In the media game, breaking news has two important pieces: 1) being fast; and 2) getting the information to the audience. If you can’t do the latter or are just unlucky, the former doesn’t matter.

Besides, the audience just wants the information. They want it fast. And they want it accurate. And they don’t give a shit who gives it to them first.

 
 

5 Comments

  1. Michael says:

    I am not a blogger, but I do work in the technology industry, usually close to or indeed in the internet space.

    This is a hot button issue currently among bloggers and especially of late because of the advent of sites like The Huffington Post, which are huge valuable properties that do nothing but leach from other content providers, sometimes in a very disgusting fashion.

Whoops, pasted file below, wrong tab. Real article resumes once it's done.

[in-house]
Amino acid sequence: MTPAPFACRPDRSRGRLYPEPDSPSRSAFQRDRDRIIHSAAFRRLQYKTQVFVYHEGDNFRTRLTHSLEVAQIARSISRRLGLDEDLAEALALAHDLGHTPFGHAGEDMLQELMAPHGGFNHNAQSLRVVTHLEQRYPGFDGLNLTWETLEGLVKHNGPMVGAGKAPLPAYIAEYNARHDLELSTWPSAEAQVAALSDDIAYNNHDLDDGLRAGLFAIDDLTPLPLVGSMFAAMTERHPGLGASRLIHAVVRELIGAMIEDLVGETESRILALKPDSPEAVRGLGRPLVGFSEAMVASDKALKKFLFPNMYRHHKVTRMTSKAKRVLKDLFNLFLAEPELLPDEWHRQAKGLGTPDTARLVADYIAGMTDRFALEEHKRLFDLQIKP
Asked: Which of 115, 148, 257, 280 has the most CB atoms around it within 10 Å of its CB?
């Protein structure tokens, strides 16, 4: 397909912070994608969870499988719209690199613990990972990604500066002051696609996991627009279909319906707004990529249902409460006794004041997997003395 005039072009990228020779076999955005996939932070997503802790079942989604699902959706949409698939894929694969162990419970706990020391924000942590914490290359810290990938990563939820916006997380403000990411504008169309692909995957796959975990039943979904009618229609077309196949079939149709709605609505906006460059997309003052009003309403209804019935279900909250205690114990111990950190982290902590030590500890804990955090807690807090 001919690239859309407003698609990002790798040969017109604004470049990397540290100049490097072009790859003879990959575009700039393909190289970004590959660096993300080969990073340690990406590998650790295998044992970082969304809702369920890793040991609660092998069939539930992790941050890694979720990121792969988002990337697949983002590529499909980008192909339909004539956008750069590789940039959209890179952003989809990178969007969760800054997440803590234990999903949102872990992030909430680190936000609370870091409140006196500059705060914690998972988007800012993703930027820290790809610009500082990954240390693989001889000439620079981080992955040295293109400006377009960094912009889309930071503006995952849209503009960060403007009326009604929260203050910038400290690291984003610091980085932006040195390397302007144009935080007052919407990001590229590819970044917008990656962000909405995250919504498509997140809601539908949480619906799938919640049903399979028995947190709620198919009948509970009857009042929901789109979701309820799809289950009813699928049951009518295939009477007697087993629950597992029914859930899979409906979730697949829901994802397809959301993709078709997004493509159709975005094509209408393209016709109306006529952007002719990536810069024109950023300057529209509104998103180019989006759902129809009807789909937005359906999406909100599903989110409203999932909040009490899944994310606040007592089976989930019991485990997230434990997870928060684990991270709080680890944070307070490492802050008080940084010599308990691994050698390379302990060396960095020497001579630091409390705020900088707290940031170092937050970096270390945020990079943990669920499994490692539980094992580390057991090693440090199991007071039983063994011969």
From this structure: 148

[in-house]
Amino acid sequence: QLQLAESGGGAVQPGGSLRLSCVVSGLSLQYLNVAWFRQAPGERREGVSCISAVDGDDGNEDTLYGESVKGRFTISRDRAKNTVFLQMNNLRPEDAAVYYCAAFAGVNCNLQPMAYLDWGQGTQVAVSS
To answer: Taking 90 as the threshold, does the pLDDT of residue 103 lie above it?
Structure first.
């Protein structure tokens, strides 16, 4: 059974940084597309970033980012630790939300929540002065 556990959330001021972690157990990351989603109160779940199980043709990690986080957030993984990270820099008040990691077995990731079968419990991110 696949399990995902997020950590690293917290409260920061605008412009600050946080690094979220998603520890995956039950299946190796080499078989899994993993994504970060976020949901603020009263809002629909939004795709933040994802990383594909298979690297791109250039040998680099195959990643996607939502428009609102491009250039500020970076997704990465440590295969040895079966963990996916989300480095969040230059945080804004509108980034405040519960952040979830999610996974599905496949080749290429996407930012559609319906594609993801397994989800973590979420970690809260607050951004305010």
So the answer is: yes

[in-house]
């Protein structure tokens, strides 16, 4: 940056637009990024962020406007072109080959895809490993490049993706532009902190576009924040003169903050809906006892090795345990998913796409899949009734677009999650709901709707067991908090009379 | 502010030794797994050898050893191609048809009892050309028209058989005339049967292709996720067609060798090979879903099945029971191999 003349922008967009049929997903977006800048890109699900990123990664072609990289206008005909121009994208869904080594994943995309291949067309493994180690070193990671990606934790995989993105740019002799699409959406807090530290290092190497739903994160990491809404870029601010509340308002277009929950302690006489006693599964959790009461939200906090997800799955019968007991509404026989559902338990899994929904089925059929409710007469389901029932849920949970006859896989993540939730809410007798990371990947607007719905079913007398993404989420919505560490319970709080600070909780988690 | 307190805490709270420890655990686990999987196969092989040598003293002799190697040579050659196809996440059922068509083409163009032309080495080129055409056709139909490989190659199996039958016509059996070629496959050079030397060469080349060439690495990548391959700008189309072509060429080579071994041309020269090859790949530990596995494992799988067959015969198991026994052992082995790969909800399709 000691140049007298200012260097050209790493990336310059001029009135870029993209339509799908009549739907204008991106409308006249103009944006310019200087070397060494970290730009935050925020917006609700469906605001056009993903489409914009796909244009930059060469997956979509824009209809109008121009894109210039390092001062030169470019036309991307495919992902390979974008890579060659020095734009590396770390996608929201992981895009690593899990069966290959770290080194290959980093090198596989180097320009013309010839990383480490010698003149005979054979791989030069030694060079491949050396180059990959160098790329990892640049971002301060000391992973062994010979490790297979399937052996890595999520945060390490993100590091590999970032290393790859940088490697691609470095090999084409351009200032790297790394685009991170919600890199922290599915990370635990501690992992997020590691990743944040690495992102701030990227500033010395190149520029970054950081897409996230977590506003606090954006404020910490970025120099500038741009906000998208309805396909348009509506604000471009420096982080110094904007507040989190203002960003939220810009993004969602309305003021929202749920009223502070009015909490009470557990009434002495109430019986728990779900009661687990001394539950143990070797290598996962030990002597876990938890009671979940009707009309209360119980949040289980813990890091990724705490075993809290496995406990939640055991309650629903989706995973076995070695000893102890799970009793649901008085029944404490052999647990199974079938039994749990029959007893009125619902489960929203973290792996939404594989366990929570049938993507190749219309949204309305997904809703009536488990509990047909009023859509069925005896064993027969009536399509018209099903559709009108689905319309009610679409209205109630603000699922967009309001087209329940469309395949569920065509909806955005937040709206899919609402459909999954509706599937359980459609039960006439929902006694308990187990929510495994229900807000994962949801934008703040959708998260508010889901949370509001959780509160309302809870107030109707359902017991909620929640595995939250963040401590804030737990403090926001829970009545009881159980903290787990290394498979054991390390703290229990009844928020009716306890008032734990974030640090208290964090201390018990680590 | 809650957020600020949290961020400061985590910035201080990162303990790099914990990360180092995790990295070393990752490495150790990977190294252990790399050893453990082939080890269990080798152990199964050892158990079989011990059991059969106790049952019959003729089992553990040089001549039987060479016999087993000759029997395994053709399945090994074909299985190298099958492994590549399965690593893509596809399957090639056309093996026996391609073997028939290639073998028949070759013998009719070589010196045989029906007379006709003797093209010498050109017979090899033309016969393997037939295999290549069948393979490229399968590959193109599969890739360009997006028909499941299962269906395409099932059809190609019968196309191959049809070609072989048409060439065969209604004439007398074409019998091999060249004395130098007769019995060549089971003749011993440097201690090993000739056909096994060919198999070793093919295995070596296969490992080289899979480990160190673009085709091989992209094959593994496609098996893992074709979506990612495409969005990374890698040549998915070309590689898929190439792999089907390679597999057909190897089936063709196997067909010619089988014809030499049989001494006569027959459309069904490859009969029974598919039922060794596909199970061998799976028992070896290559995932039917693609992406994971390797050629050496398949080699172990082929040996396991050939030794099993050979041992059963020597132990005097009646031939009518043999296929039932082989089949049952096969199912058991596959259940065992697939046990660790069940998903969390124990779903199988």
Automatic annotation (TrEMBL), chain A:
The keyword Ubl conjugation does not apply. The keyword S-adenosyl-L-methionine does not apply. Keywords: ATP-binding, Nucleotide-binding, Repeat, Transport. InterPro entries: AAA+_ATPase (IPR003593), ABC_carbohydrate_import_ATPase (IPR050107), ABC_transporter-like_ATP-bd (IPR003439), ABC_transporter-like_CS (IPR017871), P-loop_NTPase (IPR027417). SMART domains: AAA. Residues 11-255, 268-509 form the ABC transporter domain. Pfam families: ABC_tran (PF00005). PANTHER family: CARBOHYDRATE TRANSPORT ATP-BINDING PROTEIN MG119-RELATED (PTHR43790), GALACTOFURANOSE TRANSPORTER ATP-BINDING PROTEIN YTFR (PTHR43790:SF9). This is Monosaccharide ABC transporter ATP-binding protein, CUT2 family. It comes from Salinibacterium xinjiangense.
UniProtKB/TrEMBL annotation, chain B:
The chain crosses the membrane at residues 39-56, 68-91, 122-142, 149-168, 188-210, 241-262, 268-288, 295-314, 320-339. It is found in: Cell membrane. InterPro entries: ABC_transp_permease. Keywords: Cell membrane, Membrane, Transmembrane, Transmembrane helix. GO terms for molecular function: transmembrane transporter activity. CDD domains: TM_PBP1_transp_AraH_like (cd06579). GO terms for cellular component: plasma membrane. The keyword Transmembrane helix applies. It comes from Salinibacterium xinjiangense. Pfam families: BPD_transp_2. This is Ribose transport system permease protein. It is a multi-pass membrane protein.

This issue of credit is a problem that has cropped up as a result of a pretty dramatically changing landscape in journalism, and most people are going to fight on the side that defends their interest. For guys like you who seem to do a lot of original writing, even if it is based off of a sourced article, it’s clear that sourcing is important… you do hard work and want you’re ad impressions.

    For guys like Huffington Post and I’m sure at least some dark segment of the basement as ESPN dot com, they want to avoid it as much as possible because they want to occlude the fact that they are not the origin of their own content.

    My opinion is this… that sourcing will always be a gentlemen’s agreement, and that the internet media space will become so diluted and overrun (if it isn’t already), that ultimately quibbling over source credit will really not be monetarily worth it…

    Ultimately what will happen is that the measure of a blog or a media outlet will be in the quality of the vessel which delivers the content.